• 168.
    Jobs, Magnus
    Högskolan Dalarna, Akademin Hälsa och samhälle, Medicinsk vetenskap.
    Broad-spectrum pathogen detection using padlock probes and suspension micro-array technology.2007Inngår i: Fifth annual planet xmap europe 2007, Amsterdam, 2007Konferansepaper (Annet vitenskapelig)
    Abstract [en]

    A technique for multiplex detection of pathogens based on padlock probes and Luminex technology has been developed. Here detection data from a panel of pathogenic fungi is presented. Most nucleic acid based techniques in use for clinical pathogen detection (diagnosis) can reveal one to a few pathogens in each test. Techniques revealing several pathogens at a time are often problematic due to inherent difficulties with multiplex PCR. The padlock probe (PLP) based detection method, presented here, avoids such problems and has potential for developing highly multiplexed assays. A PLP is an oligonucleotide designed to hybridize to a target sequence so that the 5’ and 3’ end of the probe meet with only a nick separating them. A ligase can close the nick, forming a closed DNA circle of the probe. In the case presented here the internal parts of the probe (the parts not participating in target hybridization) have a general PCR primer target region and a DNA address region (tag region). General PCR primers, that are labelled, can amplify circularized probes and the products can be detected in a Luminex™ machine via the address tags.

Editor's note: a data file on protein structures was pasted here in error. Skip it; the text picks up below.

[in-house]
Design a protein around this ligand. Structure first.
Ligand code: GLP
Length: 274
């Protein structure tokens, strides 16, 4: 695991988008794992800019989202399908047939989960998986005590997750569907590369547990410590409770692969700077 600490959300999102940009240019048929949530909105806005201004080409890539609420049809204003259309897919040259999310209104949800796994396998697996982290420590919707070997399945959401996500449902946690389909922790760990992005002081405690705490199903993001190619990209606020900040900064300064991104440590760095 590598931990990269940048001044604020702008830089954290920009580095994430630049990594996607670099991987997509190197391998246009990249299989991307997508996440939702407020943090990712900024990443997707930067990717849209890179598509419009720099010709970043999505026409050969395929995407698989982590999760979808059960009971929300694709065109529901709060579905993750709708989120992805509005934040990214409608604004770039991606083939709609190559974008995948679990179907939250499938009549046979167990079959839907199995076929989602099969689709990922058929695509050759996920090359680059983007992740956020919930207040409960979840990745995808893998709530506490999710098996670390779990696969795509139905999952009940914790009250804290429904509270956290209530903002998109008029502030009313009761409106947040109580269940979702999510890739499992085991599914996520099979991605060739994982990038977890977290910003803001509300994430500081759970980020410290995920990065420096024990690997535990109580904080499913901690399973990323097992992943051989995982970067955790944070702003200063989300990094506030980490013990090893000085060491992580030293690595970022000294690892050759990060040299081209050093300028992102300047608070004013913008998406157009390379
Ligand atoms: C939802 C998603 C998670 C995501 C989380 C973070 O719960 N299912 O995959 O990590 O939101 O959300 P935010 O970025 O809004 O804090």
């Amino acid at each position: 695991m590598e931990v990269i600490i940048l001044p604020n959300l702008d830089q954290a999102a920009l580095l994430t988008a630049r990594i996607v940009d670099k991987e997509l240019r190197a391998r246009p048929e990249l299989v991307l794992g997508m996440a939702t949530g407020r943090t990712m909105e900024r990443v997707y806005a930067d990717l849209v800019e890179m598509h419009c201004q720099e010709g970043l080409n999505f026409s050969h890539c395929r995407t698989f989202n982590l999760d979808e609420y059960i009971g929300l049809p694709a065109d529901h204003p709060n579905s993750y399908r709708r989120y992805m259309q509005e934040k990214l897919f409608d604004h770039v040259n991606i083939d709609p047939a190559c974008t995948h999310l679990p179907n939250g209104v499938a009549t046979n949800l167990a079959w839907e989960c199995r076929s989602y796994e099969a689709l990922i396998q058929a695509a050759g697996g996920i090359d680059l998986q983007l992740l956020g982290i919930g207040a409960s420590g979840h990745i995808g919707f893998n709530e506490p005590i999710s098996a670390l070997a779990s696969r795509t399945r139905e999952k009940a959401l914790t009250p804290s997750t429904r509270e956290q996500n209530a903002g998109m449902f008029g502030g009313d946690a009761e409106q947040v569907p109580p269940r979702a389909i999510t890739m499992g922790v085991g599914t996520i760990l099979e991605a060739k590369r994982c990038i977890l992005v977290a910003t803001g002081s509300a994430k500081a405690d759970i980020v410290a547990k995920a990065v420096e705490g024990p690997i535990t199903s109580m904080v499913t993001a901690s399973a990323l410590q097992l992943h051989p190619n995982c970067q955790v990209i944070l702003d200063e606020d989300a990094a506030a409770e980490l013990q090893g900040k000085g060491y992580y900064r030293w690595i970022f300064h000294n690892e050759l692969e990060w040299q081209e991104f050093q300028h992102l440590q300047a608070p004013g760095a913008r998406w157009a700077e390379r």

• 169.
    Jobs, Magnus
    Högskolan Dalarna, Akademin Hälsa och samhälle, Medicinsk vetenskap.
    Creating Arrays by Centrifugation2002Inngår i: BioTechniques, ISSN 0736-6205, E-ISSN 1940-9818, Vol. 32, nr 6, s. 1322-1329Artikkel i tidsskrift (Fagfellevurdert)
  • 170.
    Jobs, Magnus
    Högskolan Dalarna, Akademin Hälsa och samhälle, Medicinsk vetenskap.